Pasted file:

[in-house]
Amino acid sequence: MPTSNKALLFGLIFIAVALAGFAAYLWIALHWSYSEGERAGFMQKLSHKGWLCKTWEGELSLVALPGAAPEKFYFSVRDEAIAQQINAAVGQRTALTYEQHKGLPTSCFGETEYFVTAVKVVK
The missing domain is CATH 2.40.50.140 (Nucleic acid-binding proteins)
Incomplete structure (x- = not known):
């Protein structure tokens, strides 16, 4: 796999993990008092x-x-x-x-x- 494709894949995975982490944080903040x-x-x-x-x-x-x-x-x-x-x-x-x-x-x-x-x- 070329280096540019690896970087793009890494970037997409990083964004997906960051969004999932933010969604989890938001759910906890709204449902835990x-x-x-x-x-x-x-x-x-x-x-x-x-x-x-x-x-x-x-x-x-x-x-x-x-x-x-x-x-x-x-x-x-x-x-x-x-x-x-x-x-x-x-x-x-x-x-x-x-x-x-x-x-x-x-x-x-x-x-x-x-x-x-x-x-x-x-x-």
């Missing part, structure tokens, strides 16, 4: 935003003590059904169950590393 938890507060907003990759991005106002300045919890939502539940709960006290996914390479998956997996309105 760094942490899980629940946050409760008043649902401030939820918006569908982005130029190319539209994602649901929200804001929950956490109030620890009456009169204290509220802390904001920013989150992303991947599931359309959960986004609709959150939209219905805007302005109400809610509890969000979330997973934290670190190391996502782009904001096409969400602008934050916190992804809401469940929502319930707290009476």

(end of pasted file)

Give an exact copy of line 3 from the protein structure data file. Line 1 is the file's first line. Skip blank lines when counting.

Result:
The missing domain is CATH 2.40.50.140 (Nucleic acid-binding proteins)